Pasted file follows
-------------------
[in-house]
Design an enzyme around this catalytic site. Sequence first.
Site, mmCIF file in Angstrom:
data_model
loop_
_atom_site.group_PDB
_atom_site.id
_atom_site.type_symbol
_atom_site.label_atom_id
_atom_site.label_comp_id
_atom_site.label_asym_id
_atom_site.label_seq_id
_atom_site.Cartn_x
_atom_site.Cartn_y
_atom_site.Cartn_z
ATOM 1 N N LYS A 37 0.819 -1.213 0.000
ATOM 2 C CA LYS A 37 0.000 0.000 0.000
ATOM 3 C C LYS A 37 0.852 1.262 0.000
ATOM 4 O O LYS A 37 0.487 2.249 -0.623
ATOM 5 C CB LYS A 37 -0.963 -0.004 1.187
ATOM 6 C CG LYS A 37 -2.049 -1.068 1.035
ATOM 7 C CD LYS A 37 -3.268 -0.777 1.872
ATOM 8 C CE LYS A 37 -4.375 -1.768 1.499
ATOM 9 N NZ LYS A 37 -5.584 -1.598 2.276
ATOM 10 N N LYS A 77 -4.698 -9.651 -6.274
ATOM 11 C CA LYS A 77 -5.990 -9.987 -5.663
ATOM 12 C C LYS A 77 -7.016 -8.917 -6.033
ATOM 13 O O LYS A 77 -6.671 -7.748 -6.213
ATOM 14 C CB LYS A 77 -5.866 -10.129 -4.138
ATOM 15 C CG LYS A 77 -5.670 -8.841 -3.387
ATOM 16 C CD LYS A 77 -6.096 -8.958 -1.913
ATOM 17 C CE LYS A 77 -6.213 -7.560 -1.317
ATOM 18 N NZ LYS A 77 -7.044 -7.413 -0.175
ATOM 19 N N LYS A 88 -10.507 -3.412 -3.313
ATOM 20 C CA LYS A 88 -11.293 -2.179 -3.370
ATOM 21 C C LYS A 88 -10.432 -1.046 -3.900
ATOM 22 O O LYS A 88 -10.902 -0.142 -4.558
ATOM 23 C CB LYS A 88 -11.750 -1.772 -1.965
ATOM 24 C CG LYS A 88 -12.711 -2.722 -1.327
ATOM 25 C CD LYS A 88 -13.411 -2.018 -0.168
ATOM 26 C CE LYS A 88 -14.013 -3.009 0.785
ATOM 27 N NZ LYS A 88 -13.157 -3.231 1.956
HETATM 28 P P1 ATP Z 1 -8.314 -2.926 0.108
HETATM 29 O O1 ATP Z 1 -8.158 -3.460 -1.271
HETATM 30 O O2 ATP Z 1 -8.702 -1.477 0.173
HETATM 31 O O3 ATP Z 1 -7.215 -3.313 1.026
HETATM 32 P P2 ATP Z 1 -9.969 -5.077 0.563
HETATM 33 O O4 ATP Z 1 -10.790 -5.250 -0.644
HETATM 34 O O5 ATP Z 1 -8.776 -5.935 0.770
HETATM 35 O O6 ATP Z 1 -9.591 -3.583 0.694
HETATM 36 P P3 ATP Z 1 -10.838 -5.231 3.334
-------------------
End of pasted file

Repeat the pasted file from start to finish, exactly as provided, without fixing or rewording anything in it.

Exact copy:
[in-house]
Design an enzyme around this catalytic site. Sequence first.
Site, mmCIF file in Angstrom:
data_model
loop_
_atom_site.group_PDB
_atom_site.id
_atom_site.type_symbol
_atom_site.label_atom_id
_atom_site.label_comp_id
_atom_site.label_asym_id
_atom_site.label_seq_id
_atom_site.Cartn_x
_atom_site.Cartn_y
_atom_site.Cartn_z
ATOM 1 N N LYS A 37 0.819 -1.213 0.000
ATOM 2 C CA LYS A 37 0.000 0.000 0.000
ATOM 3 C C LYS A 37 0.852 1.262 0.000
ATOM 4 O O LYS A 37 0.487 2.249 -0.623
ATOM 5 C CB LYS A 37 -0.963 -0.004 1.187
ATOM 6 C CG LYS A 37 -2.049 -1.068 1.035
ATOM 7 C CD LYS A 37 -3.268 -0.777 1.872
ATOM 8 C CE LYS A 37 -4.375 -1.768 1.499
ATOM 9 N NZ LYS A 37 -5.584 -1.598 2.276
ATOM 10 N N LYS A 77 -4.698 -9.651 -6.274
ATOM 11 C CA LYS A 77 -5.990 -9.987 -5.663
ATOM 12 C C LYS A 77 -7.016 -8.917 -6.033
ATOM 13 O O LYS A 77 -6.671 -7.748 -6.213
ATOM 14 C CB LYS A 77 -5.866 -10.129 -4.138
ATOM 15 C CG LYS A 77 -5.670 -8.841 -3.387
ATOM 16 C CD LYS A 77 -6.096 -8.958 -1.913
ATOM 17 C CE LYS A 77 -6.213 -7.560 -1.317
ATOM 18 N NZ LYS A 77 -7.044 -7.413 -0.175
ATOM 19 N N LYS A 88 -10.507 -3.412 -3.313
ATOM 20 C CA LYS A 88 -11.293 -2.179 -3.370
ATOM 21 C C LYS A 88 -10.432 -1.046 -3.900
ATOM 22 O O LYS A 88 -10.902 -0.142 -4.558
ATOM 23 C CB LYS A 88 -11.750 -1.772 -1.965
ATOM 24 C CG LYS A 88 -12.711 -2.722 -1.327
ATOM 25 C CD LYS A 88 -13.411 -2.018 -0.168
ATOM 26 C CE LYS A 88 -14.013 -3.009 0.785
ATOM 27 N NZ LYS A 88 -13.157 -3.231 1.956
HETATM 28 P P1 ATP Z 1 -8.314 -2.926 0.108
HETATM 29 O O1 ATP Z 1 -8.158 -3.460 -1.271
HETATM 30 O O2 ATP Z 1 -8.702 -1.477 0.173
HETATM 31 O O3 ATP Z 1 -7.215 -3.313 1.026
HETATM 32 P P2 ATP Z 1 -9.969 -5.077 0.563
HETATM 33 O O4 ATP Z 1 -10.790 -5.250 -0.644
HETATM 34 O O5 ATP Z 1 -8.776 -5.935 0.770
HETATM 35 O O6 ATP Z 1 -9.591 -3.583 0.694
HETATM 36 P P3 ATP Z 1 -10.838 -5.231 3.334